Can Volkswagen’s updated Polo stand the reign?

24 November 2021 - 09:30
The new facelifted Polo will arrive in SA during the first quarter of 2022.
The new facelifted Polo will arrive in SA during the first quarter of 2022.
Image: Supplied

In any given month, the Volkswagen Polo reigns supreme when it comes to new passenger vehicle sales in SA.  

Both the regular Polo and less expensive Polo Vivo account for the bulk of local units shifted by the German company here. But one wonders how long this product mainstay can hold onto those podium positions.  

Both models face stiff competition from rivals that offer something a little different at the same price point. Take the recently launched Toyota Corolla Cross, for example, which is manufactured in KwaZulu-Natal and kicks off at a very competitive R349,900. They want to sell in excess of 20,000 examples per year, and they probably will.  

The Corolla Cross is not a direct rival to the Polo, but price-wise (depending on version),  the two intersect. A Polo TSI Highline DSG, for example, costs R383,100 before options. Which seems more enticing: a conventional B-segment hatchback or an adventurous crossover? In the case of the Vivo, which kicks off at R227,900, there are zestier alternatives with taller ground clearances to be had for similar cash.  

Next year the updated Polo is coming to town. Last week Volkswagen SA reminded us of its imminence with a detailed overview of what to expect. Visually, the updates are clear: a face that is in kilter with those on newer models like the Golf. Note the light strip that spans the width of the front end. At the rear, substantial L-shaped clusters are on duty. Then there is a choice of fresher colours and restyled alloys.  

The climate control no longer uses conventional switchgear but touch-sensitive sliders that respond to the motion of an index finger.
The climate control no longer uses conventional switchgear but touch-sensitive sliders that respond to the motion of an index finger.  
Image: Supplied

Automakers today love touting the digitisation of their latest models’ interiors and the Polo is no different. After all, we expect our smartphones to integrate with our vehicles in 2021. Prepare for the roll-out of enhanced infotainment system offerings boasting fewer buttons. The climate control, for example, no longer uses conventional switchgear but touch-sensitive sliders that respond to the motion of an index finger.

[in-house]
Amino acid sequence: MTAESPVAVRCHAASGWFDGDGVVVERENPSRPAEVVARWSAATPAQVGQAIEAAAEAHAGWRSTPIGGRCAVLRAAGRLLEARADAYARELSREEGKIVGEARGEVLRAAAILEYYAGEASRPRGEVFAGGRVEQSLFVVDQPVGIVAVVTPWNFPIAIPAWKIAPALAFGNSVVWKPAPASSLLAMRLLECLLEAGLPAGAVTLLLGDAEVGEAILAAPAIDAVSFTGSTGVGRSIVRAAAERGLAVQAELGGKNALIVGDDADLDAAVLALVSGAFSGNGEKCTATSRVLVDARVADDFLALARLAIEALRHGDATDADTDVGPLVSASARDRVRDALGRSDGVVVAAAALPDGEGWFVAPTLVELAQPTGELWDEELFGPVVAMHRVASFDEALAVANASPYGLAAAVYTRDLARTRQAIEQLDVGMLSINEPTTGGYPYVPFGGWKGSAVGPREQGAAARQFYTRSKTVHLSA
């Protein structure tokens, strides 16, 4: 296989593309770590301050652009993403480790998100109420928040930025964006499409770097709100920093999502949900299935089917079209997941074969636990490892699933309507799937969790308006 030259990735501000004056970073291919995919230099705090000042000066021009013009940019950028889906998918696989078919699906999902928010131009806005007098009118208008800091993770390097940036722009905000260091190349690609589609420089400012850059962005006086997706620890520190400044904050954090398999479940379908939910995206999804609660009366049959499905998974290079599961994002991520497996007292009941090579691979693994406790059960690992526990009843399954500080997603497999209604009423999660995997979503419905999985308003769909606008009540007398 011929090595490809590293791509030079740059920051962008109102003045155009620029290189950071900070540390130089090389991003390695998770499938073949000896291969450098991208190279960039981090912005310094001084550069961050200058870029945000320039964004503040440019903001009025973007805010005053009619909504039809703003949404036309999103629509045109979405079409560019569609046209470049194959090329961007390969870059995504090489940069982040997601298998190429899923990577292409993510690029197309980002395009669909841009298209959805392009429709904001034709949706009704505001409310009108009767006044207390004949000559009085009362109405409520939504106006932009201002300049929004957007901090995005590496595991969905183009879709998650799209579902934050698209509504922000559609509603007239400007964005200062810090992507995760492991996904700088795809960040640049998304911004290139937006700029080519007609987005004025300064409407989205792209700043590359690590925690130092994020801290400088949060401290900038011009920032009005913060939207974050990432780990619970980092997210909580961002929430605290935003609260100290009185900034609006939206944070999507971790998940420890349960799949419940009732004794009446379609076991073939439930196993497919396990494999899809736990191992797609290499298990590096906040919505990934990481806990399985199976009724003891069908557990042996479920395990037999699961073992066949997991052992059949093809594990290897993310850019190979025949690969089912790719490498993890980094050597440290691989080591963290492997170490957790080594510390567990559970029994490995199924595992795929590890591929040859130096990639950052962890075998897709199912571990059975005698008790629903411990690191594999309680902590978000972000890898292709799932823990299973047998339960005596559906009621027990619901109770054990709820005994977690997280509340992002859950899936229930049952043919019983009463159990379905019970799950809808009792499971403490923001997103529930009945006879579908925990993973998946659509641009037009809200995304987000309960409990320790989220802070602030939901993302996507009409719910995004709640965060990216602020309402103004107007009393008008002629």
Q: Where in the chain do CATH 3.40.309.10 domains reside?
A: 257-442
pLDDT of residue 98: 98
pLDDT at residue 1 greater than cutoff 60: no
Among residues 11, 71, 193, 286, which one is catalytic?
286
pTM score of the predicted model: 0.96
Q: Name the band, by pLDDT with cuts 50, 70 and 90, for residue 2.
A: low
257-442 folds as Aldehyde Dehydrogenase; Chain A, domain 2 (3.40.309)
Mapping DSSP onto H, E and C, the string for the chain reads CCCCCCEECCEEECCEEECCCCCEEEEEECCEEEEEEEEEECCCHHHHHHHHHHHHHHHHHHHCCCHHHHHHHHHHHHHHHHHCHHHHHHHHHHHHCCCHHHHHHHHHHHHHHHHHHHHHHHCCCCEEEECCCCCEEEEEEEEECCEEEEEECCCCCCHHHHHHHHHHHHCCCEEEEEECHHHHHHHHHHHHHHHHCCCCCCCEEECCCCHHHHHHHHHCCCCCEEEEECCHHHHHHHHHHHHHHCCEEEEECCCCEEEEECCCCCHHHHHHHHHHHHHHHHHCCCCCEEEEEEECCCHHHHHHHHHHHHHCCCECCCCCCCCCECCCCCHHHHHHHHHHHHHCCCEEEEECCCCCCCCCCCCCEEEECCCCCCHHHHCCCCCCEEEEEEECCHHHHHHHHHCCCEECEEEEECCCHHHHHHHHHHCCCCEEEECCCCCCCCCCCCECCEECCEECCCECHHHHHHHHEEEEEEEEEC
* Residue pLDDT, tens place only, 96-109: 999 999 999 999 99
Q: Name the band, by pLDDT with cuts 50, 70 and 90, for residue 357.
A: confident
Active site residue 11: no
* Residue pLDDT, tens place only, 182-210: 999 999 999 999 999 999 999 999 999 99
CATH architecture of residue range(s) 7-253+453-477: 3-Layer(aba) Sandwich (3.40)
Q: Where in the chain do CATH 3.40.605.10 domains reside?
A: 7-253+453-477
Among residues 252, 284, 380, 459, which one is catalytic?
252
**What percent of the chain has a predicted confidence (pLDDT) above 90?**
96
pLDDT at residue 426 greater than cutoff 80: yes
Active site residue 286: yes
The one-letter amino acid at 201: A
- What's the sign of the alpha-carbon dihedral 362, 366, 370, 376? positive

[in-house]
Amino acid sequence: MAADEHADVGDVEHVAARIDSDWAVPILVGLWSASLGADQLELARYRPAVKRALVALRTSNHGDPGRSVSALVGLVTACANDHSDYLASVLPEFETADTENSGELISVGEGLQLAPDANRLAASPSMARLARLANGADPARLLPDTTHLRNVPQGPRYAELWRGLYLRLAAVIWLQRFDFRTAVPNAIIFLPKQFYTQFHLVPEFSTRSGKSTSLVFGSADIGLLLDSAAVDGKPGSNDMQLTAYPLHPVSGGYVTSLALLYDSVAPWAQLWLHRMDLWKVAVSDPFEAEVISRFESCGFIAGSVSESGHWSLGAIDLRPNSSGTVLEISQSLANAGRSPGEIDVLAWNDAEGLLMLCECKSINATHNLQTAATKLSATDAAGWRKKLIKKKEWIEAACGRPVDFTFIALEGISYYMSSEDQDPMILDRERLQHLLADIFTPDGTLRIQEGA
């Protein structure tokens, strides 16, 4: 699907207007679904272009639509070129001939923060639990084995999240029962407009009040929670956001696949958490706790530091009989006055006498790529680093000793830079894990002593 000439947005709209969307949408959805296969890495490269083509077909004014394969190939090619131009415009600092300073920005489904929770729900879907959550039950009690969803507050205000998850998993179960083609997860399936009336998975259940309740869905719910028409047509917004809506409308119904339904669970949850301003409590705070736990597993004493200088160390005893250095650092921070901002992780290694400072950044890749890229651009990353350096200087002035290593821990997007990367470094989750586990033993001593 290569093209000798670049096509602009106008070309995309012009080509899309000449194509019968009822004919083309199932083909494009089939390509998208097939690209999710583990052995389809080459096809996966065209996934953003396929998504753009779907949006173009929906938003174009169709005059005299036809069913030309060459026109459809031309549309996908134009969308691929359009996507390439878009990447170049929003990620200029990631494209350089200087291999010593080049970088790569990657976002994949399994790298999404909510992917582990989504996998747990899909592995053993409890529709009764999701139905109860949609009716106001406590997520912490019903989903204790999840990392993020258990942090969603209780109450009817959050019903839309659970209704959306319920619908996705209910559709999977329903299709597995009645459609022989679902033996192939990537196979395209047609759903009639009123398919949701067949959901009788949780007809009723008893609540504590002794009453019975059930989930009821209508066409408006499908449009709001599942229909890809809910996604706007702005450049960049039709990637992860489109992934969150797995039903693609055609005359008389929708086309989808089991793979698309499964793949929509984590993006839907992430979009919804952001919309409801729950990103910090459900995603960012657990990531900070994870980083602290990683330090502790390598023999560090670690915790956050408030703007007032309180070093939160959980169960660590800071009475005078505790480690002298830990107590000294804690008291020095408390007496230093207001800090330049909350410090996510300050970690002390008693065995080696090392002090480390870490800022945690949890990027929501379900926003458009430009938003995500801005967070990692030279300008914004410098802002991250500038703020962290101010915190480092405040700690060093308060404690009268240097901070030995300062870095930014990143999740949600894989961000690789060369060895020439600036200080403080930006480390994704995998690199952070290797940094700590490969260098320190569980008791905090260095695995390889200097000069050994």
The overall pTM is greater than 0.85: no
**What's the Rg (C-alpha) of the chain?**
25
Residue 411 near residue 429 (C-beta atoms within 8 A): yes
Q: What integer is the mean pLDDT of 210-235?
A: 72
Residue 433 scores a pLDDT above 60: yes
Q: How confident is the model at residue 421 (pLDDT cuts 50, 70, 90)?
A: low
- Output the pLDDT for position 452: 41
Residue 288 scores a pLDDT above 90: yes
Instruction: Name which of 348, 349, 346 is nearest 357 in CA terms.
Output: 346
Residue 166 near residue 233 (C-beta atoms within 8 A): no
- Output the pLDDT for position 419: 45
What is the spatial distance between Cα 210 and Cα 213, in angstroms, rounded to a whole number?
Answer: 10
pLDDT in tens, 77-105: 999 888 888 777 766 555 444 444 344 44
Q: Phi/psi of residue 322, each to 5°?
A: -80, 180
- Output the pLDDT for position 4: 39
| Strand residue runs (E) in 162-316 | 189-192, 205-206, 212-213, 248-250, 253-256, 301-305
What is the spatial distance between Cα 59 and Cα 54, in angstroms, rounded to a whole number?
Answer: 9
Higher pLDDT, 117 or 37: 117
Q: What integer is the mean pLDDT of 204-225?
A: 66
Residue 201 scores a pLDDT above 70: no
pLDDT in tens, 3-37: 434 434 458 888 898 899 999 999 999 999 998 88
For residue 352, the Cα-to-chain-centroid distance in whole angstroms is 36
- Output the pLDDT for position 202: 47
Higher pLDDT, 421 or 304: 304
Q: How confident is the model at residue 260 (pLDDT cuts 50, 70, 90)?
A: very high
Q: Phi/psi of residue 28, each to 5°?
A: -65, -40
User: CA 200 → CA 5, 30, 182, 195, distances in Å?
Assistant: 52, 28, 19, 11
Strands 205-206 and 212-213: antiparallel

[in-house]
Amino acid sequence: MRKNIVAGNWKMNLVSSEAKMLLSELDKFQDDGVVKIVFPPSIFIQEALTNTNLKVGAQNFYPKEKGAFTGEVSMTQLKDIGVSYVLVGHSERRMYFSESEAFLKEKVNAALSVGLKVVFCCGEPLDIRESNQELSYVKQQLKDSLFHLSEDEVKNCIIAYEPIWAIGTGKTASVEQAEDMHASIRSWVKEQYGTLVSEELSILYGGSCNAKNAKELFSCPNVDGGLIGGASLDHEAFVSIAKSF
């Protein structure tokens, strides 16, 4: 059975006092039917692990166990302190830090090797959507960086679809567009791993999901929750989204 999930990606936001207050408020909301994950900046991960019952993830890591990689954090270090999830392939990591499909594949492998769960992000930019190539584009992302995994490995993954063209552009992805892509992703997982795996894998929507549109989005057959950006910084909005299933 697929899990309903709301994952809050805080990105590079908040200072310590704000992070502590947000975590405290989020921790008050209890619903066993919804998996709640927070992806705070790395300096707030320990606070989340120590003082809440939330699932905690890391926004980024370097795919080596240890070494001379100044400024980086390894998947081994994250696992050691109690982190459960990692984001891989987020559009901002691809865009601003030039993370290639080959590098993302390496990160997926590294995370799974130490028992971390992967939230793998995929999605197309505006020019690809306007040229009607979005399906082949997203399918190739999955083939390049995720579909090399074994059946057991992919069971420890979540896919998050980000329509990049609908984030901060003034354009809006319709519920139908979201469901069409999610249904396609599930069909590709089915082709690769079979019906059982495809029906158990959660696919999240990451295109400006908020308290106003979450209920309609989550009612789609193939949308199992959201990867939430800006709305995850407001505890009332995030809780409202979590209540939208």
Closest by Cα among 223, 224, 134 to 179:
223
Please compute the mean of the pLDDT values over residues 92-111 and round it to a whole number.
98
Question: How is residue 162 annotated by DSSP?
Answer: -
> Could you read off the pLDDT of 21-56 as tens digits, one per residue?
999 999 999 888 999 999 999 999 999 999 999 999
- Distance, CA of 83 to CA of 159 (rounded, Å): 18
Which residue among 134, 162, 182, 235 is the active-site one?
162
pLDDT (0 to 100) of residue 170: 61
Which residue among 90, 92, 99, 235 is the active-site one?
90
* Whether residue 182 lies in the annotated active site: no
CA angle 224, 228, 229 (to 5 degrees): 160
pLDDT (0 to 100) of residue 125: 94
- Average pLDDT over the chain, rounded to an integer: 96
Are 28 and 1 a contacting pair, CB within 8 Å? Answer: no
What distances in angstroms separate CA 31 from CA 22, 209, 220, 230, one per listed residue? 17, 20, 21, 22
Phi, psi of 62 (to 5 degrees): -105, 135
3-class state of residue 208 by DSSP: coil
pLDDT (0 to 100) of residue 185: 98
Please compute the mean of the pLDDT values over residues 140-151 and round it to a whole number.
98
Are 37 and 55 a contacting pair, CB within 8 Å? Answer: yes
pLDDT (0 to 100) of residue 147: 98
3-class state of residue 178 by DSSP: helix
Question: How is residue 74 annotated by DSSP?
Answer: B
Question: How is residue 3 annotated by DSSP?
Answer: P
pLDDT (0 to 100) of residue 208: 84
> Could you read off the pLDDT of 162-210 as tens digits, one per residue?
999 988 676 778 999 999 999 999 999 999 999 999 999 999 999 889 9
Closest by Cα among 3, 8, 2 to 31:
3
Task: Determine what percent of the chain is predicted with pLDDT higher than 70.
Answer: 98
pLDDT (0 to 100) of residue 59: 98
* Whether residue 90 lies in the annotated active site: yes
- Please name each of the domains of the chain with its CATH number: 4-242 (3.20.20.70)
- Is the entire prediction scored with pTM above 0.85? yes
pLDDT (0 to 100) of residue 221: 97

More remarkable is the semi-autonomous driving capability Polo promises. Some versions could be had with adaptive cruise control and a lane-keeping assistant that keeps the car on the intended course of travel.  

This IQ Drive Travel Assist allows the Polo to “accelerate and steer automatically within system limits”, promising to make longer distance journeys a tad less fatiguing. Quite impressive, because this kind of technology was previously limited to high-end luxury models.  

A revised naming system will apply to the range. The Trendline and Comfortline monikers will fall away. The entry level model will be known as the Polo, the middle-grade car is the Polo Life and the next tier is the R-Line. And then there is the flagship GTI.  

As before, the GTI is powered by a 2.0-litre, turbocharged-petrol with four cylinders, producing 147kW and 320Nm. The other models feature 1.0-litre units in two states of tune. In the basic Polo, output is 70kW and 175Nm, with a five-speed manual. The 85kW and 200Nm motor in the Polo Life and R-Line are equipped with a seven-speed, dual-clutch automatic gearbox.  

Sales begin in January 2022, but pricing is yet to be announced. It is still produced in the Eastern Cape, so hopefully the benefits of localisation will help offset the possibility of a dramatic jump.


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